CEO of Boron Capital, a private investment firm creating alternative investments through real estate to help investors build legacy wealth.
In response to mass unemployment and financial devastation suffered by American workers, businesses, and industries during the early days of Covid-19, Congress passed the Coronavirus Aid, Relief, and Economic Security (CARES) Act, a historic economic stimulus bill which injected $2.2 trillion in personal checks, unemployment benefits and business loans into the economy.
Last week, Federal Reserve Governor Lael Brainard said that failure of Congress to pass a second similar stimulus bill soon could significantly damage the economy. While a new stimulus bill remains overdue, the fate of the stock market hangs in the balance. Several weeks ago, Federal Reserve Chairman Jerome Powell released a statement that confirmed interest rates will stay low, but gave no indication of future stimulus – and the stock market took a nosedive.
We see, perhaps more clearly than ever, that the stock market is subject to plunge at any time, according to what the Federal Reserve does and does not do, which means that every single stock market investor must lean heavily on even the slightest hint of action from the Fed. Because the Fed is able to influence the stock market at the drop of a hat, investors have limited control over how their portfolios perform. This is why investors seeking control, collateral and cash flow typically avoid the stock market.
The extreme economic volatility incited by the pandemic may present an opportunity for those who are invested in the stock market to reevaluate their strategy by asking a few essential questions.
What is the relationship between the Federal Reserve and the stock market?
There is a significant correlation between what the Fed is doing and what the stock market is doing. If stocks were tangible assets that held appreciable value, it wouldn’t matter how much or how little stimulus the Fed injects into the economy at any given time. The stock market wouldn’t go for a roller coaster ride according to how much fiscal support is forecasted.
In September, the Fed reaffirmed that it will keep interest rates close to zero until at least 2023. This was the first time the Fed guaranteed interest rates for a three-year time period. Why did they issue such an extended forecast? Because ensuring continued economic growth through increased lending over the long term boosts investors’ confidence (and keeps them invested) in the stock market.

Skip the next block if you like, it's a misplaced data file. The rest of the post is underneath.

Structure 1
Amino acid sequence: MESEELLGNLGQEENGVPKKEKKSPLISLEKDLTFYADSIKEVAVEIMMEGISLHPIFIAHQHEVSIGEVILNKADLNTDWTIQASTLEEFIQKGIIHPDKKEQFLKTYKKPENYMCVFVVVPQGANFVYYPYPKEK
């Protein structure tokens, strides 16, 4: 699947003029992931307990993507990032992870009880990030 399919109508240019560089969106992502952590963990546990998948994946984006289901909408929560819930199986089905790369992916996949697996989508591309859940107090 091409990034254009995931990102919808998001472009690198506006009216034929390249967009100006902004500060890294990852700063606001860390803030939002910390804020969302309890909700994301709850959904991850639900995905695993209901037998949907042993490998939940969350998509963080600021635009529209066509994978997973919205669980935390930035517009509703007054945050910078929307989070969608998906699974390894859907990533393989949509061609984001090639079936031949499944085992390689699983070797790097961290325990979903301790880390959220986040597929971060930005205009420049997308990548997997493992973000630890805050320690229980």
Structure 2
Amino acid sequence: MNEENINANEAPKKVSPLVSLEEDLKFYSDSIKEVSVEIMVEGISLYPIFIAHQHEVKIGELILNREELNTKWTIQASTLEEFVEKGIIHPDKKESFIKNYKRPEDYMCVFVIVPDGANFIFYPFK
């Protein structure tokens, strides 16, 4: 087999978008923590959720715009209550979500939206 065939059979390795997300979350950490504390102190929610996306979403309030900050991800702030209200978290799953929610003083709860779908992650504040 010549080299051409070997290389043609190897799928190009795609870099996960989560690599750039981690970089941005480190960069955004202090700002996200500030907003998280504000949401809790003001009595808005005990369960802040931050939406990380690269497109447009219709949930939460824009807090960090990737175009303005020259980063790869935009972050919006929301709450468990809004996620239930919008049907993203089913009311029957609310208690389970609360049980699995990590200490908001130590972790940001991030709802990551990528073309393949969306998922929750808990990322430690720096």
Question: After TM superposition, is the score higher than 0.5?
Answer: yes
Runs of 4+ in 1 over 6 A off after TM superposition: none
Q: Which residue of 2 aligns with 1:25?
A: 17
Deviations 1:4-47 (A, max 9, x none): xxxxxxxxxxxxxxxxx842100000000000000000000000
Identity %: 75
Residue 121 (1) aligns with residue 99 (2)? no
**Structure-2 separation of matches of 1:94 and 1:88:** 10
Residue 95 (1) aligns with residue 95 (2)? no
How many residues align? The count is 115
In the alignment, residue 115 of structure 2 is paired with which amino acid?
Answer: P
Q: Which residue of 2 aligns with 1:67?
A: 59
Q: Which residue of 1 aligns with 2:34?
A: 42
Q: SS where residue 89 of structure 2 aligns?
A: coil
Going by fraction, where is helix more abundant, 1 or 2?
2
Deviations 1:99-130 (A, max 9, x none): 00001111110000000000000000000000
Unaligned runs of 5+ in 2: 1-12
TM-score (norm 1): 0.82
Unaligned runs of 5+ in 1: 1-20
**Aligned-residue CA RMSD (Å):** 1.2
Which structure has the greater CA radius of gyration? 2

How did the Fed become the arbiter of the stock market?
It’s clear that everyone invested in the stock market is following the Fed, but since when did investors give the Fed the keys to their retirement portfolios?
Despite its name, the Federal Reserve isn’t actually a federal institution. It’s a private bank leading the U.S. central banking system, which is composed of 12 smaller regional banks. Because it was created to conduct the nation’s monetary policy, the Fed essentially holds the proverbial purse, and therefore the attention, of every investor in the world.
The Federal Reserve was founded by Congress in 1913 to prevent financial panics and economic disruptions caused by bank failures and bankruptcies. In the 1970s, when the dollar left the gold standard, the Fed was given power to control interest rates and inflation. And while Congress must first approve spending, the Fed stands ready to prop up the economy at any time.
How can investors regain control of their assets?
Because the stock market follows the Fed, it’s impossible for investors to control their stock portfolios. By investing in the private market, however, investors can better achieve the three keys of investing: control, cash flow and collateral.
In an inflationary season, investors need to focus on creating massive wealth in order to avoid massive loss. In this environment, tangible assets provide the best hedge. But while tangible assets like gold can store wealth, they don’t actually create wealth.
King Solomon, revered for his wisdom since biblical times, is also exalted for his legendary investment strategy. Solomon knew that in order to generate exponential wealth, you have to control the market. This theory continues to prove effective today.
Today’s Solomon investors look for investments that can stand the test of time, are collateralized and can generate cash flow. Two-dimensional investing, in the form of owning both the business and the real estate on which it operates, allows modern investors to control their own ecosystem, much like Solomon ruled the ancient city of Meggido.
Can anyone invest in the private market?
Does generating cash flow through two-dimensional investments mean that investors have to manage real estate? The answer is no. Investing with strategic partners who operate the business and manage the real estate allows investors to generate cash flow and grow their private investment portfolio without any additional effort or expertise. And while brokers collect fees that detract from the value of a stock portfolio regardless of how it performs, private investment partners don’t need to collect fees, because they invest with and not for their partners.
The best and biggest brokers with thousands of employees and computers running their data will tell you that the stock market is a zero-sum game. There will be winners and there will be losers, and whether investors win or lose is largely out of their control. In these uncertain times, when the Federal Reserve is exerting as much control as they can over the public market, the private market offers investors an opportunity to seize control and steward their own financial destiny.
The information provided here is not investment, tax, or financial advice. You should consult with a licensed professional for advice concerning your specific situation.